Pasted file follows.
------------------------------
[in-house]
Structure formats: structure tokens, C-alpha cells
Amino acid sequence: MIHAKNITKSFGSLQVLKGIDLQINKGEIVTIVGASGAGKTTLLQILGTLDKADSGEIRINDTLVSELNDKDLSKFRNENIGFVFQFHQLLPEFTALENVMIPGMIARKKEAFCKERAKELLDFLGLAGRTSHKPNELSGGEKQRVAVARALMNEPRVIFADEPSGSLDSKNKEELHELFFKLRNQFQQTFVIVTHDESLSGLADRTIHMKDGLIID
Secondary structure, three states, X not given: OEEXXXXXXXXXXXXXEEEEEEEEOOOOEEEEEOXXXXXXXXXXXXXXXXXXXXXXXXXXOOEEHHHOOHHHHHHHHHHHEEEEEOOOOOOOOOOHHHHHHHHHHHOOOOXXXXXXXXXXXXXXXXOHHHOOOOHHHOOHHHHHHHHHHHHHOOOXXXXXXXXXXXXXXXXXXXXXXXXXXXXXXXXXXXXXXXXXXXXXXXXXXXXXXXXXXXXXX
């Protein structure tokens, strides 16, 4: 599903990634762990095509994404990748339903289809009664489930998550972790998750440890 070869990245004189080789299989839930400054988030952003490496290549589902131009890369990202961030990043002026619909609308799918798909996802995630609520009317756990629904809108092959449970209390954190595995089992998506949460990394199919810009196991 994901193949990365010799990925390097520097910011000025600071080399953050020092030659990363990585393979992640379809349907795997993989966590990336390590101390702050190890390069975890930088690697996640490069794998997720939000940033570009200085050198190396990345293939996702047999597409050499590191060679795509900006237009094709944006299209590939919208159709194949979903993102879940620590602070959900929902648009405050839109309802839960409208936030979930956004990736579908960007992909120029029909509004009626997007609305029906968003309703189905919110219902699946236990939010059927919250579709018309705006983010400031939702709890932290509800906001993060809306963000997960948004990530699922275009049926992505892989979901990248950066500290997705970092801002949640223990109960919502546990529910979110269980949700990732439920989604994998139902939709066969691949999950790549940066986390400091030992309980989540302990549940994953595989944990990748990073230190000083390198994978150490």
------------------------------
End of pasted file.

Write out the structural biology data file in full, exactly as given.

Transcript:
[in-house]
Structure formats: structure tokens, C-alpha cells
Amino acid sequence: MIHAKNITKSFGSLQVLKGIDLQINKGEIVTIVGASGAGKTTLLQILGTLDKADSGEIRINDTLVSELNDKDLSKFRNENIGFVFQFHQLLPEFTALENVMIPGMIARKKEAFCKERAKELLDFLGLAGRTSHKPNELSGGEKQRVAVARALMNEPRVIFADEPSGSLDSKNKEELHELFFKLRNQFQQTFVIVTHDESLSGLADRTIHMKDGLIID
Secondary structure, three states, X not given: OEEXXXXXXXXXXXXXEEEEEEEEOOOOEEEEEOXXXXXXXXXXXXXXXXXXXXXXXXXXOOEEHHHOOHHHHHHHHHHHEEEEEOOOOOOOOOOHHHHHHHHHHHOOOOXXXXXXXXXXXXXXXXOHHHOOOOHHHOOHHHHHHHHHHHHHOOOXXXXXXXXXXXXXXXXXXXXXXXXXXXXXXXXXXXXXXXXXXXXXXXXXXXXXXXXXXXXXX
């Protein structure tokens, strides 16, 4: 599903990634762990095509994404990748339903289809009664489930998550972790998750440890 070869990245004189080789299989839930400054988030952003490496290549589902131009890369990202961030990043002026619909609308799918798909996802995630609520009317756990629904809108092959449970209390954190595995089992998506949460990394199919810009196991 994901193949990365010799990925390097520097910011000025600071080399953050020092030659990363990585393979992640379809349907795997993989966590990336390590101390702050190890390069975890930088690697996640490069794998997720939000940033570009200085050198190396990345293939996702047999597409050499590191060679795509900006237009094709944006299209590939919208159709194949979903993102879940620590602070959900929902648009405050839109309802839960409208936030979930956004990736579908960007992909120029029909509004009626997007609305029906968003309703189905919110219902699946236990939010059927919250579709018309705006983010400031939702709890932290509800906001993060809306963000997960948004990530699922275009049926992505892989979901990248950066500290997705970092801002949640223990109960919502546990529910979110269980949700990732439920989604994998139902939709066969691949999950790549940066986390400091030992309980989540302990549940994953595989944990990748990073230190000083390198994978150490």